For a couple of years now, I’ve been spending a lot of my time geeking up on, building, riding and evangelising to anyone who will listen about this sort of bike. With my Ephgrave project (more on that soon), now approaching its final phase, and having just built this Holdsworth for Julian along similar, or similarly informed, lines, we thought it about time we had a blog piece about it too… For twenty years or so – albeit interrupted by the war – there was a fashion in British frame building for low-trail front ends. Practically speaking, this meant reasonably steep head angles, and relatively large amounts of fork offset (rake). The reason for this fashion was the misplaced belief that trail, or higher trail, slowed down the steering of a bike and made it less nimble. In practice this was something of an unhelpful and misguided simplification – and by the mid-50s, the fashion / prevailing orthodoxy had changed along with the accepted wisdom, and more bikes had begun to be built with higher trail numbers again and the misnomer about slowed steering having been disproved and the value of higher trail figures providing greater stability at speed having been recognised. And while geometry changed in Britain over the coming decades, the low-trail mini-boom of the years immediately before and after the war was never revisited.
The oversight in this precis of history was in failing to recognise something the French cyclotouristes and constructeurs had known for many years – that if you intend to carry weight on the front end of your bicycle, then a low-trail front end is probably what you want. The low trail numbers mean the weight is easy to control, easy to turn, and equally easy to return to a straight line once the turn is complete; the stability lost in decreasing trail figures is regained in ‘pneumatic trail’ – by using wider tyres. (Much has been written about bicycle trail and its effects on handling in recent years – and it is not our intention here to go over ground already covered very thoroughly elsewhere.) As we have said, this basic knowledge was not lost on the French, and all the bikes designed to carry weight placed that weight (predominantly, in the case of heavily loaded bikes) in front – be that the panniers full of camping gear carried by tourist(e)s, the randonneurs’ day-supplied in handlebar bags, or the great stacks of newspapers hurried through the crowded Parisian streets by the porteurs.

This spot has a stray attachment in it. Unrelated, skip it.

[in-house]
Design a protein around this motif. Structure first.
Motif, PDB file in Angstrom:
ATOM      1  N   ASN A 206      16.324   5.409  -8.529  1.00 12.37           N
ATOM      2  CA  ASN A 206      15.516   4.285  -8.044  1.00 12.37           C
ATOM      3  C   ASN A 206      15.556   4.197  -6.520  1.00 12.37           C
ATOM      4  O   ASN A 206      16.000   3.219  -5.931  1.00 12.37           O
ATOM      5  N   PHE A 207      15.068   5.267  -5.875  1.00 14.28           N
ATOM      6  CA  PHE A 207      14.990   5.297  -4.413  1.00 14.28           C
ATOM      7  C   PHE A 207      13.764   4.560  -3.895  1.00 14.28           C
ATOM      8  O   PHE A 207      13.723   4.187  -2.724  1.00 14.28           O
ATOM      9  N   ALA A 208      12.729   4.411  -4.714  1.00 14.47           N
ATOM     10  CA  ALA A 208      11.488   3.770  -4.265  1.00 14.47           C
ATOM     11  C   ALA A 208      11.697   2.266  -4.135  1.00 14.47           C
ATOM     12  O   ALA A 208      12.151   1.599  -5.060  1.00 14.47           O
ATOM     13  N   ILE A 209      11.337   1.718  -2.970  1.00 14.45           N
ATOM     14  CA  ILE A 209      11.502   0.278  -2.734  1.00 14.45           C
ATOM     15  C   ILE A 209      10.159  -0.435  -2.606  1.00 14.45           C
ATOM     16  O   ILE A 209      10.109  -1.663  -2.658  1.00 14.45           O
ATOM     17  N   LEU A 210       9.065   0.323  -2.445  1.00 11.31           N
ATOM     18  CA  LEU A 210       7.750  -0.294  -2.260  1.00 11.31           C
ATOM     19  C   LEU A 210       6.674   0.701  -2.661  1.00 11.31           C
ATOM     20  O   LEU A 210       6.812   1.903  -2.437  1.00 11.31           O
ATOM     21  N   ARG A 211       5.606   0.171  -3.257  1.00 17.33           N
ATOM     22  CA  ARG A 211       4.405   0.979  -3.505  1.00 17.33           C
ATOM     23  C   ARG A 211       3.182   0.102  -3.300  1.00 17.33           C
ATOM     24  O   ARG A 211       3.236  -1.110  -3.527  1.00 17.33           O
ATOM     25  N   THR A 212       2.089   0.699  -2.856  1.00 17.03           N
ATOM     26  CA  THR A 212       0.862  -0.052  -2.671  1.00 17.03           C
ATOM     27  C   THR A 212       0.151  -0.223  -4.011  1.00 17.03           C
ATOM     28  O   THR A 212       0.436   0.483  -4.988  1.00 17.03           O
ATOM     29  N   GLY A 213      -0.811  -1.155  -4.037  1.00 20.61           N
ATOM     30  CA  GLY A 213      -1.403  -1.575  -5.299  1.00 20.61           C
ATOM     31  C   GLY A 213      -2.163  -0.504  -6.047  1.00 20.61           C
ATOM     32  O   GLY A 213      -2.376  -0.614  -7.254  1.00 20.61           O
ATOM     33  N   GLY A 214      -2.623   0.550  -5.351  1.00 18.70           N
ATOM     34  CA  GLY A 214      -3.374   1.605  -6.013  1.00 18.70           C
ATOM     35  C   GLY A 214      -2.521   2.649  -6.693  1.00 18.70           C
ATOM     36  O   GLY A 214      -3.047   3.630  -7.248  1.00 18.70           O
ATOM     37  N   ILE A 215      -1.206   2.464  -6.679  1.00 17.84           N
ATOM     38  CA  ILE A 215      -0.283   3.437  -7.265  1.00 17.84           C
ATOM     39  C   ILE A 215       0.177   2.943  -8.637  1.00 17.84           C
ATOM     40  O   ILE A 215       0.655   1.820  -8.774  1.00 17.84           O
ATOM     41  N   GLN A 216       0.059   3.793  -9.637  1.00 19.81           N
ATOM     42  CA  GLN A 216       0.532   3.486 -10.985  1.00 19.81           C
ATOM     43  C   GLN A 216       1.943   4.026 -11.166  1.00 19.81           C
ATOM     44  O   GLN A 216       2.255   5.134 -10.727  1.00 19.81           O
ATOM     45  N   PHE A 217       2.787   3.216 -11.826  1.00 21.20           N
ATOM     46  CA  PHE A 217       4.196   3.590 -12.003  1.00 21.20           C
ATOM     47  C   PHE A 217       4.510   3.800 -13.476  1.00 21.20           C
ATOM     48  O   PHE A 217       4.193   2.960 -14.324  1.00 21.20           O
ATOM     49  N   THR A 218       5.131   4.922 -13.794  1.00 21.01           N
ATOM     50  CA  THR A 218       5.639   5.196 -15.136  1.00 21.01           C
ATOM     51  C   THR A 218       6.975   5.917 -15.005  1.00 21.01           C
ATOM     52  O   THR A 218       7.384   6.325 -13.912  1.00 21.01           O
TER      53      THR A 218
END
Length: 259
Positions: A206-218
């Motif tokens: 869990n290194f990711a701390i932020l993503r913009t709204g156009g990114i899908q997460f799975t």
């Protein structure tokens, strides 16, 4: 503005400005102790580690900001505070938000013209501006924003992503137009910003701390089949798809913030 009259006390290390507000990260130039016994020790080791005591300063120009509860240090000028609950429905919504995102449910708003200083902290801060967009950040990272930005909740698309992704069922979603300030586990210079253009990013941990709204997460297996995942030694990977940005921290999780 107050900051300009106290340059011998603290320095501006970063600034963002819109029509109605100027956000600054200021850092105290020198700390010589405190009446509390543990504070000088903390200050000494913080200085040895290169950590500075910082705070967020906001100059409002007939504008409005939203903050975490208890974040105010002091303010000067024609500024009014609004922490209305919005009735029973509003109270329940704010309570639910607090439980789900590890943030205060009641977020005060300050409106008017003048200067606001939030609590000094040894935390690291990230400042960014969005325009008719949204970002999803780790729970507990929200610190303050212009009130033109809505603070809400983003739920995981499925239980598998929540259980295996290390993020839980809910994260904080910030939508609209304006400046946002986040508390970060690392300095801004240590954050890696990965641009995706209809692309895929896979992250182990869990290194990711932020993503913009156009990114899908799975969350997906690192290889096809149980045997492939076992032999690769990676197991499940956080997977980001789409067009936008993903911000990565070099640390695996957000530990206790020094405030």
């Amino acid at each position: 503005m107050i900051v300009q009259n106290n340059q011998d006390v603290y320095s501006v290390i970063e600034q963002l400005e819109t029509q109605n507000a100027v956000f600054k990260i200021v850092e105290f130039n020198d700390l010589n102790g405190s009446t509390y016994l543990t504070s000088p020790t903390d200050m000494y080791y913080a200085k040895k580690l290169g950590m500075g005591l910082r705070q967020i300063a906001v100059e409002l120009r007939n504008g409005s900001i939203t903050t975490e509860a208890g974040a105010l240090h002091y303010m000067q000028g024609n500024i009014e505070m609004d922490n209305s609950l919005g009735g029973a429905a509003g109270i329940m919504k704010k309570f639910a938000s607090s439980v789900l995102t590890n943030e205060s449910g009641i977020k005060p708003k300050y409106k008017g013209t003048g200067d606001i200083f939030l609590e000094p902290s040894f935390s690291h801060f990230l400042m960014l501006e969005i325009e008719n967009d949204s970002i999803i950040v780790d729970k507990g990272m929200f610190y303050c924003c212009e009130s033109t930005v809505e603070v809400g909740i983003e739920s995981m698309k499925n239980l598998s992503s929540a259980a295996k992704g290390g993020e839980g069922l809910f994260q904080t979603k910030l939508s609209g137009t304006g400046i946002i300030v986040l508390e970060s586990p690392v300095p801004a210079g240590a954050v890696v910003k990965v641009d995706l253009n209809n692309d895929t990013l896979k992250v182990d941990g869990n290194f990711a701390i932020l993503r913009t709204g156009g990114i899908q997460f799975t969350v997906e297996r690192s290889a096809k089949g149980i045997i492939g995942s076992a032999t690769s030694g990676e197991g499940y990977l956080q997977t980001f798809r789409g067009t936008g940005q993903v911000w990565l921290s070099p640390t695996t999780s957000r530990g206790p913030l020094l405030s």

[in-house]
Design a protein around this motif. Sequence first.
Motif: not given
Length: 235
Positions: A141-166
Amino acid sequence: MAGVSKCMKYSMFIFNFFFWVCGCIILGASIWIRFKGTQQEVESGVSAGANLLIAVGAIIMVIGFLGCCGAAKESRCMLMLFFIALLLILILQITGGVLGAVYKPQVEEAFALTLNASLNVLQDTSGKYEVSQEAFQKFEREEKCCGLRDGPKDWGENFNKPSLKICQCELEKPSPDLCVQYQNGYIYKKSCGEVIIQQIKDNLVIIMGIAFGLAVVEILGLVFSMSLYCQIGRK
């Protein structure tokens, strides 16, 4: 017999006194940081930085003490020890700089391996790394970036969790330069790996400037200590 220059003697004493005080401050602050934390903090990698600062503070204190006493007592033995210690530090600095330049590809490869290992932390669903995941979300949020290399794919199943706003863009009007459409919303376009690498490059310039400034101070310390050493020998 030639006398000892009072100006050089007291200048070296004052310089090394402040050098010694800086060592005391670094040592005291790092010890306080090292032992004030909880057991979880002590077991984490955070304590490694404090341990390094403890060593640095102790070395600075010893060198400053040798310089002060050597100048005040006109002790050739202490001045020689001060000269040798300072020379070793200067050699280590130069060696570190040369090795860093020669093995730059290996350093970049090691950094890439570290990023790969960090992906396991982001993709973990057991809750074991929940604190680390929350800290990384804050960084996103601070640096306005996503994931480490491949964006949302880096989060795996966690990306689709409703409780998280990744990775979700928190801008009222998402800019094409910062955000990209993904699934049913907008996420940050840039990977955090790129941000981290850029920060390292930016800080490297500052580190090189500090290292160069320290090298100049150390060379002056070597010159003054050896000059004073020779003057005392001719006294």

Julian came to us wanting to upgrade from a bicycle he had bought new a couple of years previously – one of a number of off-the-peg ‘porteurs’ now available on the market. Regrettably, most (all?) of these off-the-peg options are porteurs in name at most – being in essence conventional road bikes (in terms of their geometry) with swept back handlebars and a big rack bolted on the front, retaining the narrow high pressure tyres and a front end with mid-to-high trail numbers. Julian’s steed was one of these bikes. He wanted a “version 2.0” of his old bike which made our job clear and straightforward.
Of the frames we had available that would suit this build and be an appropriate size, Julian chose this 1953 Holdsworth Cyclone, not least for its exquisite lugwork. The post-war low-trail was ideal for the front rack Julian wanted to fit, and with the frame having been built for 26 x 1 ¼ wheels, the conversion to 26 x 1 ½ (650B) – was readily achieved, allowing us to fit the super-lightweight, extremely supple , easy-rolling and wonderfully plush 38mm Grand Bois tyres which would so transform the ride. Using these tyres was fundamental to the build: achieving a comfortable, upright riding position relies on using high-volume, low-pressure tyres, since more weight is on the saddle and much less on our (naturally shock-absorbing) arms and legs; using low-volume, high-pressure tyres would result in much of the road shock being transmitted straight up the spine. For a high-volume, low pressure tyre to roll fast and not to feel ‘draggy’ relies on it being lightweight and supple. These Grand Bois tyres do exactly that, and so with the addition of a wider B17 Special saddle (not pictured) all the boxes of Julian’s brief would be ticked.
With the basis of the build established, other choices could be made on aesthetic grounds, and there the very classic looks and feel of the Cyclone were certainly not to be messed with: a cottered crankset, period GB brakes and stem, new Velo Orange Left Bank bars and mudguards, and a Brooks saddle and Rustines grips all kept the styling very classic, allowing the beauty of the frame to speak for itself.
The bike rides like a marshmallow dream – floating over imperfections and ironing out bumps and shocks wherever they’re met. The front rack and head geometry mean carrying weight is no inconvenience, and in fact in moderate amounts improves the handling. But the cyclone has a racing pedigree, and when you put the hammer down it still responds as it should. (After all, we’re not building tractors here…..)